Stock-to-Flow Model, Shrinking Exchange Balance, and Futures-based ETFs: Three Reasons Why Bitcoin (BTC) Is Not Heading Anywhere but Up

Rohail Saleem

This is not investment advice. The author has no position in any of the stocks mentioned. has a disclosure and ethics policy.

Bitcoin (BTC), the world’s premier cryptocurrency, is currently undergoing a price reversal of relatively strong vigor, as evidenced by BTC losing the key $60,000 support level. However, three major factors continue to support an overall uber-bullish stance on Bitcoin.

Understanding the Price Action in BTC and its Financial Derivatives


Bitcoin had clocked in outsized gains in the runup to the launch of the first-ever futures-based Bitcoin ETF, the ProShares Bitcoin Strategy ETF (BITO). Given the size of the upward thrust, many expected a cooling-off period to follow. Instead, BTC went on to mark a new all-time high of around $69,000 in early November. The Bitcoin futures basis rate best illustrates this outsized exuberance.

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As a refresher, BTC futures usually move at a premium of between 5 and 15 percent relative to the spot price. This is known as contango and is spurred by the implied financing rate, the time left to contract maturity, perceived volatility, etc. Notice the peak basis of around 20 percent on the 09th of November. That peak signified extreme exuberance, with futures priced at a premium of around 20 percent relative to Bitcoin’s spot price.

Of course, such a wide chasm is a welcome development for the basis trade – where sophisticated investors try to exploit this arbitrage opportunity by buying spot Bitcoin and simultaneously selling Bitcoin futures. This, in turn, locks in this spread until the maturity of the contract when, by design, the price of the futures contract and the spot price converge.

The basis trade might have been partially responsible for the re-normalization of the spread between Bitcoin’s spot and futures prices. As an illustration, this spread is currently hovering at around a healthy 10 percent.

Interestingly, the current weakness in Bitcoin follows a major upgrade of the cryptocurrency's architecture in years. In what is dubbed as the Taproot upgrade, the change aims to improve the privacy of multi-signature (multisig) transactions and unlock the potential for smart contracts – a program that automatically executes certain actions – to run on the Bitcoin blockchain. The Taproot upgrade would also reduce the block space required by transaction data – this is done by compressing the data associated with multisig transactions. Since smart contracts, by their nature, involve multisig transactions, the upgrade is expected to significantly enhance Bitcoin’s smart contract capability. In anticipation of this upgrade, the Bitcoin Lightning Network – a Layer 2 protocol that facilitates peer-to-peer transactions – has more than doubled its capacity since June 2021. Therefore, the ongoing weakness in Bitcoin may simply be a case of buying the rumor and selling the news type of move.


Additionally, Bitcoin option traders continue to remain in the neutral camp in the near term. The 25 delta skew turns positive when more puts are being bought, indicating increased fear among traders. This harkens back to the perception that downside protection is more valuable to investors than upward thrusts. A reading of between -8% and 8% is usually considered neutral, with deviations beyond this range indicating increased vigilance. As is evident from the chart above, this measure is still in the neutral zone for Bitcoin, though heading in the wrong direction, at least in the short-term.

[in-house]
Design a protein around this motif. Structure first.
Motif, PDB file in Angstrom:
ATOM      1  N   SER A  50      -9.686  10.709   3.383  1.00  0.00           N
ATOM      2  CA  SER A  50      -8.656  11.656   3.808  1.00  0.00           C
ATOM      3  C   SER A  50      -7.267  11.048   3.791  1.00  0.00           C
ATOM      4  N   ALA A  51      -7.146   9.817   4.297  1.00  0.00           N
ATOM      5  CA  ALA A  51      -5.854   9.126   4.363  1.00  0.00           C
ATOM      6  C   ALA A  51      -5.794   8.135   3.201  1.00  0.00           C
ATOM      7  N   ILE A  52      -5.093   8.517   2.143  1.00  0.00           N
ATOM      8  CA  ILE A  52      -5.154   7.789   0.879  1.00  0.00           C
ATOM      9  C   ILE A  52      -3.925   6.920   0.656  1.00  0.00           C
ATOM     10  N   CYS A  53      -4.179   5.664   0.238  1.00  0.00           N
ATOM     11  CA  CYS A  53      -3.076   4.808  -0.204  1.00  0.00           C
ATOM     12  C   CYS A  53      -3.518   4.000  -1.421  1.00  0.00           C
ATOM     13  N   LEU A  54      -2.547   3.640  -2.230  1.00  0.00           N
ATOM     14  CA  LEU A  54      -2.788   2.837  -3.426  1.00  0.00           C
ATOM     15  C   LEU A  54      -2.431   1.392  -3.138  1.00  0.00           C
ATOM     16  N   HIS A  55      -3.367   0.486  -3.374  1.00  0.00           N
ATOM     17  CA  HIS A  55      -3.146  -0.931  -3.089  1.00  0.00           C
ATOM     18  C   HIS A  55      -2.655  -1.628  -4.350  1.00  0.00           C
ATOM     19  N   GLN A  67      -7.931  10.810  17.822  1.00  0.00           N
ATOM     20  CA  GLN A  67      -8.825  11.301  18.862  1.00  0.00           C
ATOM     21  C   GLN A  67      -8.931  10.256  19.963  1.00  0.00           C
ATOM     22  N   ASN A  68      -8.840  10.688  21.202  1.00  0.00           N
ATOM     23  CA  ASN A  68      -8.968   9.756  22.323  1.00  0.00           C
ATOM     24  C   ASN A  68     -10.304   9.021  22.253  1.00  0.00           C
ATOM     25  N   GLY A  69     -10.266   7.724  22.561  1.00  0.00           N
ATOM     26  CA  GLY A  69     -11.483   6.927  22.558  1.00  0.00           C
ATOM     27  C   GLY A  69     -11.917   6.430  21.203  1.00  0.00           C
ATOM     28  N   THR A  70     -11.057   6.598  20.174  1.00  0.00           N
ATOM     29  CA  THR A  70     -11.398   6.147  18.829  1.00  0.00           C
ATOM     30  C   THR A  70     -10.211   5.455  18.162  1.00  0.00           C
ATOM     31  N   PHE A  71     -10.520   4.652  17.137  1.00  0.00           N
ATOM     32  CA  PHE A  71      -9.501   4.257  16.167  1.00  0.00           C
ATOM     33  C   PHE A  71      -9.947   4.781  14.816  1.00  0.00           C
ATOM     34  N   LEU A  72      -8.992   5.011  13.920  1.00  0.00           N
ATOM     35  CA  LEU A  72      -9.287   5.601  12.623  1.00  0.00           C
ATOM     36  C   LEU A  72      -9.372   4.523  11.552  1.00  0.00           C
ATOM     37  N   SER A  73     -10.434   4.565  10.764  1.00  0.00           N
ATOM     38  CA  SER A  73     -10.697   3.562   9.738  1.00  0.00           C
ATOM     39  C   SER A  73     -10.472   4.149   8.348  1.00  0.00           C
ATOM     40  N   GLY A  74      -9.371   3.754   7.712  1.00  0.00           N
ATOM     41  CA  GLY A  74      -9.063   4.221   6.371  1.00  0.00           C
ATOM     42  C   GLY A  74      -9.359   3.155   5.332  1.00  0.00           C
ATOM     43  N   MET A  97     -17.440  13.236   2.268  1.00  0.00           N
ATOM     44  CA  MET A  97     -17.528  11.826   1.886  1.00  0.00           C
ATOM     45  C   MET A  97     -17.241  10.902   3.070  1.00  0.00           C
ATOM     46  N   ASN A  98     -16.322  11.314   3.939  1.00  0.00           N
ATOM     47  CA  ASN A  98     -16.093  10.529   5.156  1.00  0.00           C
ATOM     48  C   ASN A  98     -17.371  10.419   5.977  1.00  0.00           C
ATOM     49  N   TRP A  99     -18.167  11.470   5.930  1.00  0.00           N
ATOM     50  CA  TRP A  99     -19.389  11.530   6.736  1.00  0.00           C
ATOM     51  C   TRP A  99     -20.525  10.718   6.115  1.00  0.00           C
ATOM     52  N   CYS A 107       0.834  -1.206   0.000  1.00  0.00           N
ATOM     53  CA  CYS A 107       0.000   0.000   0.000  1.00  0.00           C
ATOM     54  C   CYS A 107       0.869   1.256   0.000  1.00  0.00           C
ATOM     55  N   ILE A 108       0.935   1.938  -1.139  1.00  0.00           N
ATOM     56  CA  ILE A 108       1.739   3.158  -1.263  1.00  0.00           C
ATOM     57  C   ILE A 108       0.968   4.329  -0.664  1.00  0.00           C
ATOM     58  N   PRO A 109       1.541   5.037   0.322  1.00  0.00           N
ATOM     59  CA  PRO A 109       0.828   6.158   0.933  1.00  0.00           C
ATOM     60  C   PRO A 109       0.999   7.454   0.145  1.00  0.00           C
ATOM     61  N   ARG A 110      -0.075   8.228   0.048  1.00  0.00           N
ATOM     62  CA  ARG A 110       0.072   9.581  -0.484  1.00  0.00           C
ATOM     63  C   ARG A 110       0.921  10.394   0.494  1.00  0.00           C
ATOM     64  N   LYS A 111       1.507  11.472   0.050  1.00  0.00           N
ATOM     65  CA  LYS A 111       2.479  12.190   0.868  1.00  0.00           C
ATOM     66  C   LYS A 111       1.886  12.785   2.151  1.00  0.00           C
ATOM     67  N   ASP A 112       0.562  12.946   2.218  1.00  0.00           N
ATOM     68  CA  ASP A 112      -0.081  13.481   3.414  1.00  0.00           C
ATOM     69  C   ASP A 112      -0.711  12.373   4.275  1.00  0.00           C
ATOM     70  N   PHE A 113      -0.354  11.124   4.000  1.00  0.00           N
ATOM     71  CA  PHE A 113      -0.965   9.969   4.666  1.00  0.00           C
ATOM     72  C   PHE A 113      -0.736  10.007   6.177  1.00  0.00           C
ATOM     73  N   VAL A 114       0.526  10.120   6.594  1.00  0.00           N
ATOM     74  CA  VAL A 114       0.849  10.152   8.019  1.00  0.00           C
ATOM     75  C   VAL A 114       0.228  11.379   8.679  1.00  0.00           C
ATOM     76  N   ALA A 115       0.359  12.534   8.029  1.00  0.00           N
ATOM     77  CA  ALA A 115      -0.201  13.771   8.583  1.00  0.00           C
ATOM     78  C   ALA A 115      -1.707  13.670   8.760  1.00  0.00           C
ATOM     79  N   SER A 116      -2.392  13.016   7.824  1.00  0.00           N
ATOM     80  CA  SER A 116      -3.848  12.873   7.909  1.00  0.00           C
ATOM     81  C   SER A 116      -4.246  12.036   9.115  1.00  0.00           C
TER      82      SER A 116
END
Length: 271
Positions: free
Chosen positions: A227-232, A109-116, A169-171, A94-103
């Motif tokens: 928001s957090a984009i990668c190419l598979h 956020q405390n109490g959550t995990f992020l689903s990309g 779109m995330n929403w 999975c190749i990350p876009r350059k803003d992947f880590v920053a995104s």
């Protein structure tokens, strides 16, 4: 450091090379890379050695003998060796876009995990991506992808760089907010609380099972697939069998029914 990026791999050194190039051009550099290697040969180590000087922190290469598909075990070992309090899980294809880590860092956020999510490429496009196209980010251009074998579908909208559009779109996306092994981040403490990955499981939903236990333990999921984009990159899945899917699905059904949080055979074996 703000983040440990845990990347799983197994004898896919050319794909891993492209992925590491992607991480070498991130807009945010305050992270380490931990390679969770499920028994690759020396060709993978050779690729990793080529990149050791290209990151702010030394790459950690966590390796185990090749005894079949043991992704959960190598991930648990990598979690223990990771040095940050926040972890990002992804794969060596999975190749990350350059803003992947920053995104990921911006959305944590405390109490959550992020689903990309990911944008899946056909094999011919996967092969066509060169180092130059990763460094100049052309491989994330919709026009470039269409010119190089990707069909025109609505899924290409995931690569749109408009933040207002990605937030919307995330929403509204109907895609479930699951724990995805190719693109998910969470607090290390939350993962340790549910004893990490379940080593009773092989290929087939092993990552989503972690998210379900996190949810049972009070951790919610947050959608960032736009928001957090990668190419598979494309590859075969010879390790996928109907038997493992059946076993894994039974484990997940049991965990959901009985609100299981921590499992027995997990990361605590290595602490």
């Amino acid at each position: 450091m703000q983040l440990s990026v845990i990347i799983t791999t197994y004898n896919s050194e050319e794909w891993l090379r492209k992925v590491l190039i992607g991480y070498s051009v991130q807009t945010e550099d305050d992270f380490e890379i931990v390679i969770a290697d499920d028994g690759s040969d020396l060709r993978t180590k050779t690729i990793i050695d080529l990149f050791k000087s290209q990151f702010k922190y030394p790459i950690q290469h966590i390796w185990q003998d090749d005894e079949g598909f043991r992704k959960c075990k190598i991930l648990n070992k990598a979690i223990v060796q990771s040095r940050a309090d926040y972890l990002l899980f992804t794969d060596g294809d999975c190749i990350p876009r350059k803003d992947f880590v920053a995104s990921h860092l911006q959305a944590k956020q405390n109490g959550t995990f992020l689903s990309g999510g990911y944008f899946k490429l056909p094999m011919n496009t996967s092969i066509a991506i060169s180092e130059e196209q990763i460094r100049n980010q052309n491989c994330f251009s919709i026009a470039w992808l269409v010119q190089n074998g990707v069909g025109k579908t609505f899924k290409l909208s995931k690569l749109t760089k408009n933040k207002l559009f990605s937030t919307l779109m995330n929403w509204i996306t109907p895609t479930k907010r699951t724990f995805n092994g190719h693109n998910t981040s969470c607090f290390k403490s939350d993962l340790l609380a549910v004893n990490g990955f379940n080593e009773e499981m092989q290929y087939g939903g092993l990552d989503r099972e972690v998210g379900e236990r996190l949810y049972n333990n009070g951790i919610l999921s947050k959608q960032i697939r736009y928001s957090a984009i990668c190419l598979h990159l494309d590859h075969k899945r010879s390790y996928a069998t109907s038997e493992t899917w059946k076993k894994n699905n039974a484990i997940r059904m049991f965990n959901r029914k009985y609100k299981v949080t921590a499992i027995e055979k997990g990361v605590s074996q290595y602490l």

Why is Bitcoin Heading Nowhere but Up?

This brings us to the crux of the matter. There are several factors that support an uber-bullish stance on Bitcoin. On the fundamental front, a clause in the US Infrastructure Bill caused a lot of consternation among crypto proponents. As per the provision, any person in the US receiving over $10,000 in cryptocurrency was to be mandated to report the sender’s personal information to the IRS. However, a new amendment introduced by US senators Ron Wyden, chairman of the Senate Finance Committee, and Cynthia Lummis seeks to exempt developers of blockchain technology and wallets from this requirement, thereby restoring the ease of doing business for crypto exchanges.


In other news, Bitcoin’s famous Stock-to-Flow model continues to indicate a price of $106,000 for the premier cryptocurrency. The rationale here is that Bitcoin has a finite supply. With each block that is mined, the cache of unlocked supply becomes smaller. Since scarcity usually leads to price increases, as Bitcoin’s supply pool becomes smaller, it should theoretically lead to higher prices.

Moreover, Bitcoin exchange balances are now clocking in multi-year lows. This is a bullish development as it indicates that more Bitcoin was moving off-exchange into cold storage wallets, thereby indicating a long-term uber-bullish bias among the holders of the cryptocurrency. Bear in mind that this latest trend started in September 2021 and has only become more pronounced in recent times.

Finally, the ProShares Bitcoin Strategy ETF (BITO) and other similar product offerings are also expected to contribute toward the cryptocurrency's bullish thesis. As an illustration, Fundstrat is now predicting that BITO will attract upwards of $50 billion in funds its first year of trading, equivalent to around $50 million in additional demand for Bitcoin per day! This has led Fundstrat to call for an equilibrium price of Bitcoin at a whopping $168,000.

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